Hardy Ice-Storm Survivors Expect Y2K To Be Breeze

NEWBURY, N.H. — The prospect of no electricity, heat or running
water on Jan. 1 doesn’t scare the citizens of Newbury, a small
community in central New Hampshire.

Two years ago this community of 2,000 people lived through an
ice storm that knocked out power to the majority of residents for
more than a week.

Jim Powell, chairman of the board of selectman for the town,
said the experience has left the community feeling it can cope with
any emergency, even Y2K. ‘That was quite an experience,’ he said.
‘Anything that happens now won’t be anywhere close to that kind of
emergency.’

Still, the town is taking no chances. Bottled water is stored in
the town hall.

Emergency generators are waiting to be fired up in case power
goes out. Two-way radios connect town officials to police and state
officials. A list of elderly residents and people with health
problems has been drawn up so emergency personnel can check up on
them, door to door, if problems should occur. The town hall can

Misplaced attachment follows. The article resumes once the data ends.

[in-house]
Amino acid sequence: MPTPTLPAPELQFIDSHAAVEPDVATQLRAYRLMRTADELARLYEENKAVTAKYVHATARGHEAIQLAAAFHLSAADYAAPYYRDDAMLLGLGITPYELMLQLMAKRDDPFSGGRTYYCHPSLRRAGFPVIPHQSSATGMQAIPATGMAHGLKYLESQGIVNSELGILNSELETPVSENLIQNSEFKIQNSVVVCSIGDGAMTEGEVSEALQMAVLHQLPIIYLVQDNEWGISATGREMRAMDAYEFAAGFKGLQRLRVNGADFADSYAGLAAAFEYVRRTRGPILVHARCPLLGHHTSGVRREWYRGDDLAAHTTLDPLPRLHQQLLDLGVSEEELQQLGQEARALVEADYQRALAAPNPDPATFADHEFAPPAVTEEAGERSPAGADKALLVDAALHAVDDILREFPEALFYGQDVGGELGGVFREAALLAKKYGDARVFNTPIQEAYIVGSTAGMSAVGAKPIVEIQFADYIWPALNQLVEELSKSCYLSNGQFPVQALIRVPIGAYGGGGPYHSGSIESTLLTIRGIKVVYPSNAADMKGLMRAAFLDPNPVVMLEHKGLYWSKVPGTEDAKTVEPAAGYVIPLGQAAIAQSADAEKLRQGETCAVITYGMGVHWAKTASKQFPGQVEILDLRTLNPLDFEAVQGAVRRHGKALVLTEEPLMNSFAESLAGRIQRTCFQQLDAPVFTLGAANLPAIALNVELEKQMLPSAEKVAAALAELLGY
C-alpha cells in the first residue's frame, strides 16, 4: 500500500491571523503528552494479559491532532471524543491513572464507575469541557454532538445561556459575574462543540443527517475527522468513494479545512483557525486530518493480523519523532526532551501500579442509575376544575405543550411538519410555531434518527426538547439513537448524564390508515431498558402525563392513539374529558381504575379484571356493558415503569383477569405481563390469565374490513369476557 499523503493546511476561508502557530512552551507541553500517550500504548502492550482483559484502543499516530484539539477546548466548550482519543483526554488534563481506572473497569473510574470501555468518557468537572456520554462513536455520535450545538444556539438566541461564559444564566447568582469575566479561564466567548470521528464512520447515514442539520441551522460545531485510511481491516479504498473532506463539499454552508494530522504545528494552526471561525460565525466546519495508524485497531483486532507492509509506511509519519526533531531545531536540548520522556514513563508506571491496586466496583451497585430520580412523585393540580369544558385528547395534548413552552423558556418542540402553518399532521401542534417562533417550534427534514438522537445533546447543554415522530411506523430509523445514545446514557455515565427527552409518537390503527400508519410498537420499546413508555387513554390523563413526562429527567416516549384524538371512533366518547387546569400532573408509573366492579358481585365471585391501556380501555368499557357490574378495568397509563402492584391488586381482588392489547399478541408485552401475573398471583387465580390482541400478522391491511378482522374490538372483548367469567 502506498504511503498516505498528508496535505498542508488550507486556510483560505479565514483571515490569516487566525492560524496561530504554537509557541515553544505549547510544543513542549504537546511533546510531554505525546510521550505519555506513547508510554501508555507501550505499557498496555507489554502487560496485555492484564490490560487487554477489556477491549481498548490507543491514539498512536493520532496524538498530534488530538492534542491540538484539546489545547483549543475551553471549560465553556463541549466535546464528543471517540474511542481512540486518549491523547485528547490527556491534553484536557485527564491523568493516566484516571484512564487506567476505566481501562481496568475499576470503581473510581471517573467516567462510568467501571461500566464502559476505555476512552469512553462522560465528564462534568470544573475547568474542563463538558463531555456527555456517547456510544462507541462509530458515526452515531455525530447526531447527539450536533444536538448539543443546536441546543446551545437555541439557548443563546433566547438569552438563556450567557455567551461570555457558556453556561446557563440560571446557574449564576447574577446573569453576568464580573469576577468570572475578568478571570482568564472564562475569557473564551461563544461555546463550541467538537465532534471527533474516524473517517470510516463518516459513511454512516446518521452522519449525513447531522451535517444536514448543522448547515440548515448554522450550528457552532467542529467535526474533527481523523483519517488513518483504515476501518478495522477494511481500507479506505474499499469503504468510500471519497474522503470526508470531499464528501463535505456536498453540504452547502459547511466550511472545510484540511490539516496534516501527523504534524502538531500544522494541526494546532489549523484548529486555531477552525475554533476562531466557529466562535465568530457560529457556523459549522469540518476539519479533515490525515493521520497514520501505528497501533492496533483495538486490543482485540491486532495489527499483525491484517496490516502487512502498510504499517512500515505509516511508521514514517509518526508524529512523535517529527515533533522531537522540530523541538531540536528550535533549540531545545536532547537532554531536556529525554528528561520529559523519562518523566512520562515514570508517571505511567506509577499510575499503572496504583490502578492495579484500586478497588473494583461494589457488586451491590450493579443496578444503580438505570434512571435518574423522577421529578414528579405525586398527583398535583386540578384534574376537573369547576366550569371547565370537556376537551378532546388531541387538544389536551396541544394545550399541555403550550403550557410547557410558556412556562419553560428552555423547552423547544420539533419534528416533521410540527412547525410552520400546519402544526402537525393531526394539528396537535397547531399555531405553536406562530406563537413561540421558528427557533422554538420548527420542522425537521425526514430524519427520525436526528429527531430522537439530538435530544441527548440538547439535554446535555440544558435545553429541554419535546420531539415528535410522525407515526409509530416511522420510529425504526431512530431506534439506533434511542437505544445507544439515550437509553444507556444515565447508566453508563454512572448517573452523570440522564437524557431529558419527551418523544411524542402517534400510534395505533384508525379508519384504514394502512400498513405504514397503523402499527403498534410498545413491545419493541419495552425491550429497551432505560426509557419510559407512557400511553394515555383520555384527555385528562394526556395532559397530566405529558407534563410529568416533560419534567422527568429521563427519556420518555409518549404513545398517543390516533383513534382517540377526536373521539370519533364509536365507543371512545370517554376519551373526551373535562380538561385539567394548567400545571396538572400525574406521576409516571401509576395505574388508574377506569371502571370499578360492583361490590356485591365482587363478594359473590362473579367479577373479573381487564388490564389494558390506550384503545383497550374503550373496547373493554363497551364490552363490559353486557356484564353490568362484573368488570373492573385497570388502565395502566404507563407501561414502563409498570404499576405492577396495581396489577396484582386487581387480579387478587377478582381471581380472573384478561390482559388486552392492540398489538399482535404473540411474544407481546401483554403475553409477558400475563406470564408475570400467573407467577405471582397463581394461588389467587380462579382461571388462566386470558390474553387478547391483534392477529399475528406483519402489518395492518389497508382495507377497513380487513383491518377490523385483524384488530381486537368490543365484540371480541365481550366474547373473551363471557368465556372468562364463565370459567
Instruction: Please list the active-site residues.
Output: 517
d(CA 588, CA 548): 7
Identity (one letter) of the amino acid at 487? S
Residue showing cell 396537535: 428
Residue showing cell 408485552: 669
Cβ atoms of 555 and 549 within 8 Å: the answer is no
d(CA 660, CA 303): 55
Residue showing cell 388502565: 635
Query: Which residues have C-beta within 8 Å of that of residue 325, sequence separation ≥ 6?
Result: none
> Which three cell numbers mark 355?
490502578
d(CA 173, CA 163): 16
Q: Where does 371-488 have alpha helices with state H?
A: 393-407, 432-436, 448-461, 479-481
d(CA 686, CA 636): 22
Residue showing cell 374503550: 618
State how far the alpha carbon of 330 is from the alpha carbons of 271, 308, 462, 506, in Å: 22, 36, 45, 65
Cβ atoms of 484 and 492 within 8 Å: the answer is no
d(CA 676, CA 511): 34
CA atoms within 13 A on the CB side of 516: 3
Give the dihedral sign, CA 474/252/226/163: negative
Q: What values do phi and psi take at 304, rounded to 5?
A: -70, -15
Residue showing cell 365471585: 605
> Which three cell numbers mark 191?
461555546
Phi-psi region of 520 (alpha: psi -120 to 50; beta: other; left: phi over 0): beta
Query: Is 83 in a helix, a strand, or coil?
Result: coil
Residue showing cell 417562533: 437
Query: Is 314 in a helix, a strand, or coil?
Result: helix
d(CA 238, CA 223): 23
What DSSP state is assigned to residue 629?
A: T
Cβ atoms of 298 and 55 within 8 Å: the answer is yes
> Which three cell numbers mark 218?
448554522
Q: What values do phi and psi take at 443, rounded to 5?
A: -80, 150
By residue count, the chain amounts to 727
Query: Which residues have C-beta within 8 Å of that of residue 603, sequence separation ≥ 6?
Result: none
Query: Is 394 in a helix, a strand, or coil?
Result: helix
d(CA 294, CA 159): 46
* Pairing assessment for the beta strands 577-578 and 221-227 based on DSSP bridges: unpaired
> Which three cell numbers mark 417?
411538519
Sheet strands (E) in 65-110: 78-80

double as an emergency operations center housing well over 100
people.

If the town should need additional help, it will be in constant
radio contact with the Office of Emergency Management in Concord,
the state capital. State and private sector representatives will
staff a Y2K Command Center and monitor power outages and phone
problems from New Year’s Eve into New Year’s Day with
representatives from the state police, the public utilities
commission, Bell Atlantic, the National Guard, and the department
of transportation.

‘When we had that major ice storm, it was a similar scenario,’
said Doug Patch, co-chairman of the Governor’s Y2K Preparedness
Task Force.

Despite the crowd of officials spending New Year’s Eve at the
Y2K command center, Patch said, he is not anticipating major
problems. ‘We’re really not expecting much, to be honest with you,’
he said. ‘Maybe you can view it as a bit of overkill (with all the
officials), but we felt better doing it this way.’

In Newbury, town officials said that if the ice storm was any
indication of how well their residents handle these kinds of
emergencies, then they are not worried. ‘A lot of people hunkered
down and sat by their wood stoves. A lot have generators,’ said
Dennis Pavlicek, town administrator. The fire station supplied
food, and the town hall housed several families. ‘A lot of people
were just able to stay at home.’

Contact: Jim Powell, chairman of the Board of Selectmen,
Newbury, N.H., 603-938-2228. Dennis Pavlicek, town administrator,
Newbury, N.H., 603-763-4940. Doug Patch, co-chairman of the
Governor’s Y2K Preparedness Task Force, Concord, N.H.
603-271-2442.

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